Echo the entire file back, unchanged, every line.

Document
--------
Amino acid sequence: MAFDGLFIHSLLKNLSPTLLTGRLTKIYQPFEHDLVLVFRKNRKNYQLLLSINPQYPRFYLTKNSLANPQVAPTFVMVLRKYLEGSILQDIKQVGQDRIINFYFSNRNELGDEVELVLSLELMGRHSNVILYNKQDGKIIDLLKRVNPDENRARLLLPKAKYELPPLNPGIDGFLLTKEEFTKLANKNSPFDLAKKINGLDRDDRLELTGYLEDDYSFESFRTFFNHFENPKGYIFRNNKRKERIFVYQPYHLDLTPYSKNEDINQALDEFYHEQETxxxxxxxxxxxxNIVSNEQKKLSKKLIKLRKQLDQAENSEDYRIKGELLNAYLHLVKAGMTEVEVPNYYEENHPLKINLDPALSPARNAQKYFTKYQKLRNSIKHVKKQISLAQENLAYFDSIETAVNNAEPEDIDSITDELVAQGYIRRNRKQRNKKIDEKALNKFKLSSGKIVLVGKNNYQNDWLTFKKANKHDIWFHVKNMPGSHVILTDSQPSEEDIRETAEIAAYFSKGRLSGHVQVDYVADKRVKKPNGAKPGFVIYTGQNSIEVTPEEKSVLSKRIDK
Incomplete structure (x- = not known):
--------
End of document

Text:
Amino acid sequence: MAFDGLFIHSLLKNLSPTLLTGRLTKIYQPFEHDLVLVFRKNRKNYQLLLSINPQYPRFYLTKNSLANPQVAPTFVMVLRKYLEGSILQDIKQVGQDRIINFYFSNRNELGDEVELVLSLELMGRHSNVILYNKQDGKIIDLLKRVNPDENRARLLLPKAKYELPPLNPGIDGFLLTKEEFTKLANKNSPFDLAKKINGLDRDDRLELTGYLEDDYSFESFRTFFNHFENPKGYIFRNNKRKERIFVYQPYHLDLTPYSKNEDINQALDEFYHEQETxxxxxxxxxxxxNIVSNEQKKLSKKLIKLRKQLDQAENSEDYRIKGELLNAYLHLVKAGMTEVEVPNYYEENHPLKINLDPALSPARNAQKYFTKYQKLRNSIKHVKKQISLAQENLAYFDSIETAVNNAEPEDIDSITDELVAQGYIRRNRKQRNKKIDEKALNKFKLSSGKIVLVGKNNYQNDWLTFKKANKHDIWFHVKNMPGSHVILTDSQPSEEDIRETAEIAAYFSKGRLSGHVQVDYVADKRVKKPNGAKPGFVIYTGQNSIEVTPEEKSVLSKRIDK
Incomplete structure (x- = not known):